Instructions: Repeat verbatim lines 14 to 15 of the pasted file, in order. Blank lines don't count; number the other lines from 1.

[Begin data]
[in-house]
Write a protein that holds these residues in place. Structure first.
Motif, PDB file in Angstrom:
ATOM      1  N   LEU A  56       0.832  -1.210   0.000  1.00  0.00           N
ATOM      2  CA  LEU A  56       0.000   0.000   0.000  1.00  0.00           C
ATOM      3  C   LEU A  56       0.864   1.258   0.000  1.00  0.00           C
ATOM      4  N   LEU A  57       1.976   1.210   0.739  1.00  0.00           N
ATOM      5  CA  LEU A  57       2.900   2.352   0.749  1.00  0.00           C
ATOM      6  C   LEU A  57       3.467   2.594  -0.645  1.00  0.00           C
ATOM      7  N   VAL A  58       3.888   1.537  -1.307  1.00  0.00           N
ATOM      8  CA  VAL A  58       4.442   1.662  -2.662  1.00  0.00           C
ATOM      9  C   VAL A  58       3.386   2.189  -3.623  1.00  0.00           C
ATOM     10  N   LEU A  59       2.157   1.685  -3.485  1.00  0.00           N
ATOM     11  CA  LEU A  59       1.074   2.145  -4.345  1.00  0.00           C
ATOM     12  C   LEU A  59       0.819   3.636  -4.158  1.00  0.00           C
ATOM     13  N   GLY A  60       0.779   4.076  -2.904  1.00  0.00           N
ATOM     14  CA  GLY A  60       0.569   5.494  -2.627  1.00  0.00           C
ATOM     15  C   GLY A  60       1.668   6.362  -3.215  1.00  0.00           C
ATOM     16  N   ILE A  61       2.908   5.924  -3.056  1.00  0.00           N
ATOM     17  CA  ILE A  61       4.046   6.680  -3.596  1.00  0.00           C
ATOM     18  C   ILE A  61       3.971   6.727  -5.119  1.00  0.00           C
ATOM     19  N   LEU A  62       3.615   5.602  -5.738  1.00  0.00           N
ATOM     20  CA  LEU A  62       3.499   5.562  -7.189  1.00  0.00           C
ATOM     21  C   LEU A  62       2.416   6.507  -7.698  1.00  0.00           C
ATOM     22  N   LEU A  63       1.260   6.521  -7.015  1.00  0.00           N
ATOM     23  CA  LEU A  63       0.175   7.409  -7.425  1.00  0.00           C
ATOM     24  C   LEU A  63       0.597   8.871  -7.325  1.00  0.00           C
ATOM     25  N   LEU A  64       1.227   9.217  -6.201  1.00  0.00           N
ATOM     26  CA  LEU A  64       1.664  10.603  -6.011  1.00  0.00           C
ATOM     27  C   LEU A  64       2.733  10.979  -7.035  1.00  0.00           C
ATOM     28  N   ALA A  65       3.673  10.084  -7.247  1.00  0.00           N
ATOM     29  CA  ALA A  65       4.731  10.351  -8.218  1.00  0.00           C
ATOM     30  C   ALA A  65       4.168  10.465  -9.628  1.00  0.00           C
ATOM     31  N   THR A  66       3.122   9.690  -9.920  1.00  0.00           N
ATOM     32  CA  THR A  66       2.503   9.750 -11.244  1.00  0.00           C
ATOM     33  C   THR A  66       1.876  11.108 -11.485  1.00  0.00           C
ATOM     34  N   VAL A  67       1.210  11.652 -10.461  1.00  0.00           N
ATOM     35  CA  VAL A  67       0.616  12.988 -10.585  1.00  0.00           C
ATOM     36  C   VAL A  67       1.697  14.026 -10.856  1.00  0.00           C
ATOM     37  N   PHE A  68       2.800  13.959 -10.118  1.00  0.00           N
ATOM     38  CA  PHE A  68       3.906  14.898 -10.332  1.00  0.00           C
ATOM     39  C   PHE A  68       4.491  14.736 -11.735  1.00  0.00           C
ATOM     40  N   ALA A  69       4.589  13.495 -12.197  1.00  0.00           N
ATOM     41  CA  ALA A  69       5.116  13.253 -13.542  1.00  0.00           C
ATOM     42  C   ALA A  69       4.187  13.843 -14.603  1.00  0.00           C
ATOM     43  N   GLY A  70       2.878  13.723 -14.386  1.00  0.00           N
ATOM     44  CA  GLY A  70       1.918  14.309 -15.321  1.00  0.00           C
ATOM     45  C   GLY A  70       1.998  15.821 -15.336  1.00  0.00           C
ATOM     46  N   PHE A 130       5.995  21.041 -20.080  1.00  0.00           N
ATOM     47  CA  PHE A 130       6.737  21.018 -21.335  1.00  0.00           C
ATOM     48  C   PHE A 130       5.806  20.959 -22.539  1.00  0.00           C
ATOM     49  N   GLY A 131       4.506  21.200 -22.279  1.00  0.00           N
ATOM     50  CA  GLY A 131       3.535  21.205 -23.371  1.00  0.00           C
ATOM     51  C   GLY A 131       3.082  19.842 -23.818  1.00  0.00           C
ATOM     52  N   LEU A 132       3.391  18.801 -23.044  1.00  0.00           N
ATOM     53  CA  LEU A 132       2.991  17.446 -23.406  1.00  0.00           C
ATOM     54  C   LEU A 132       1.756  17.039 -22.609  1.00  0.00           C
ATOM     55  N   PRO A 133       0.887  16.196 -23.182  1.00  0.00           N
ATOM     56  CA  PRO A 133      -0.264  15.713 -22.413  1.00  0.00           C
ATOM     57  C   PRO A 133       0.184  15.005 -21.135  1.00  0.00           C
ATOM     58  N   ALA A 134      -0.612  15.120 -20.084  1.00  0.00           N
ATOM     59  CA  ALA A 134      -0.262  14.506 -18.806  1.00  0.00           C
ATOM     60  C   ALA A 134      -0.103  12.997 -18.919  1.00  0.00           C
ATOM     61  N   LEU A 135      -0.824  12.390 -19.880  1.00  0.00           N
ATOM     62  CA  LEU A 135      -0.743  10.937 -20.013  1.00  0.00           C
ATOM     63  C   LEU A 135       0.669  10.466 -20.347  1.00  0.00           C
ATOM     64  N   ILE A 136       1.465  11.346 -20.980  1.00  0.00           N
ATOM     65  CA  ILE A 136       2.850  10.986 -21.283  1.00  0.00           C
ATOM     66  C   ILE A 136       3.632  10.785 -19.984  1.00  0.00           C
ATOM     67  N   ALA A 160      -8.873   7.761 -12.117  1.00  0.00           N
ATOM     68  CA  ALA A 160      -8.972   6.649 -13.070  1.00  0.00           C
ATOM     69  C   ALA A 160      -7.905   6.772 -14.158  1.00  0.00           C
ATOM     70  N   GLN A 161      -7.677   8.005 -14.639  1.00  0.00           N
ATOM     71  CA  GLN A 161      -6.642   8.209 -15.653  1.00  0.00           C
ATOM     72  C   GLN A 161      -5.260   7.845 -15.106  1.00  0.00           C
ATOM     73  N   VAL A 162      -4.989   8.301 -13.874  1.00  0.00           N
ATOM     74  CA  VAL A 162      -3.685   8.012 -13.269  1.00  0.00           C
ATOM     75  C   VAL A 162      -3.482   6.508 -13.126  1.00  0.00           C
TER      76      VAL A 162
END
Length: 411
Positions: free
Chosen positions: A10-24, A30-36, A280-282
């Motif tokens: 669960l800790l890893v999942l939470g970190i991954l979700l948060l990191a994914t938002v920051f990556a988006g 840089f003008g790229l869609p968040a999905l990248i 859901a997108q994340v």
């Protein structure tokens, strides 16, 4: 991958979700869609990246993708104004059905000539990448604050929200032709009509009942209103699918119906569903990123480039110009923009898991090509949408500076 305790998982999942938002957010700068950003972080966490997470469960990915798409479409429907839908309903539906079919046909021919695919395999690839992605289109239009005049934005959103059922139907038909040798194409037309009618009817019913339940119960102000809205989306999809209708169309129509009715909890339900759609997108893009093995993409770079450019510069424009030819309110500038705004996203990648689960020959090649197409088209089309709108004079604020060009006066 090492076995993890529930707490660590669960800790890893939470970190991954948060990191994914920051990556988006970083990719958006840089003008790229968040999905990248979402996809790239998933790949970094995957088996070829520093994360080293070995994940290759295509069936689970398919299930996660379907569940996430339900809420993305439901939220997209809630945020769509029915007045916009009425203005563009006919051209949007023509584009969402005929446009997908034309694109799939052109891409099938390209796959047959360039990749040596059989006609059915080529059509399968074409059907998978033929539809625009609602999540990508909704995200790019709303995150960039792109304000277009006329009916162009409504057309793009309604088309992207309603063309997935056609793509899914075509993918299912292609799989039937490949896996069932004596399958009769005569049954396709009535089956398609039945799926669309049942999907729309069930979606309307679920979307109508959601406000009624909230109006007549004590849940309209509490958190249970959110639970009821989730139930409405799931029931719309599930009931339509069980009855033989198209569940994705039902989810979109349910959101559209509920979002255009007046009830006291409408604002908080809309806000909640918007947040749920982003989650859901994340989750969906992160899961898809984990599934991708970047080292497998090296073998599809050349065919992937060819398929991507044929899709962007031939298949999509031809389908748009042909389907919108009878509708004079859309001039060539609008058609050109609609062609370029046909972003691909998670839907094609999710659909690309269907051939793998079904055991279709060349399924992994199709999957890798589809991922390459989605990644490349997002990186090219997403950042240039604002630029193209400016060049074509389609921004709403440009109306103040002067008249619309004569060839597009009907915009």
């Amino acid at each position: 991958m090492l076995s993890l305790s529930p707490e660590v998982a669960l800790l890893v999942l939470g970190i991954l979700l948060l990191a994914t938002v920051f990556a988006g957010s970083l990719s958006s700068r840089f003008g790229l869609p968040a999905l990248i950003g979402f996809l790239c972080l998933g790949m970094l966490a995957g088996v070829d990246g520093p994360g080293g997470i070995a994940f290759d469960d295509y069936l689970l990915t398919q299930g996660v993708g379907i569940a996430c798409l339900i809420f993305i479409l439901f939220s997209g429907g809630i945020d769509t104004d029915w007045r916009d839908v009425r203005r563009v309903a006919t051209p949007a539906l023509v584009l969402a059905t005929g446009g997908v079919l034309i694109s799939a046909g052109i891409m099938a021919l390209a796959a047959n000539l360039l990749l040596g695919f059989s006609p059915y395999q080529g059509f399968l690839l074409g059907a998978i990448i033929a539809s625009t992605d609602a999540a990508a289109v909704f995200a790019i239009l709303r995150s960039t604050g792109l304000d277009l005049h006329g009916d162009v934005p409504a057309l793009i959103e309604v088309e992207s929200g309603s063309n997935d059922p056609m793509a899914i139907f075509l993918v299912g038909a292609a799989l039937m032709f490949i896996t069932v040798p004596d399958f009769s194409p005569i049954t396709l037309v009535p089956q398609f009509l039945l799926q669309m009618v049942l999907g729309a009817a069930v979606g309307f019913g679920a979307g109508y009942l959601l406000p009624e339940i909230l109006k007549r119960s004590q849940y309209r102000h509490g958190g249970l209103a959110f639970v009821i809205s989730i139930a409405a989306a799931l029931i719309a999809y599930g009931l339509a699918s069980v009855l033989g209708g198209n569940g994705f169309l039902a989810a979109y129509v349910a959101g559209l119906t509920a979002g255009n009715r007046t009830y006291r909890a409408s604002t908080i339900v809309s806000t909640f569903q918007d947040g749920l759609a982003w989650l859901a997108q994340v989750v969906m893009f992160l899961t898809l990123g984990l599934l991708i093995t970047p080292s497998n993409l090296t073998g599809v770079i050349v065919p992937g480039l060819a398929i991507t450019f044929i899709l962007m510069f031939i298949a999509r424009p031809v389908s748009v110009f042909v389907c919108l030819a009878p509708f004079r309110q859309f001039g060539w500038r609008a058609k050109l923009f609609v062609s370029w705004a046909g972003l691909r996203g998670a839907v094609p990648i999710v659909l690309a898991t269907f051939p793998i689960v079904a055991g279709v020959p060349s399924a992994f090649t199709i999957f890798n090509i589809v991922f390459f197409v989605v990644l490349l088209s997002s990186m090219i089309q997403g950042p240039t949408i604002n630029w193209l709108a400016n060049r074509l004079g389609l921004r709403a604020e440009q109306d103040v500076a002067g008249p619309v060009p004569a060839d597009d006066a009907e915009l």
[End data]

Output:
ATOM     11  CA  LEU A  59       1.074   2.145  -4.345  1.00  0.00           C
ATOM     12  C   LEU A  59       0.819   3.636  -4.158  1.00  0.00           C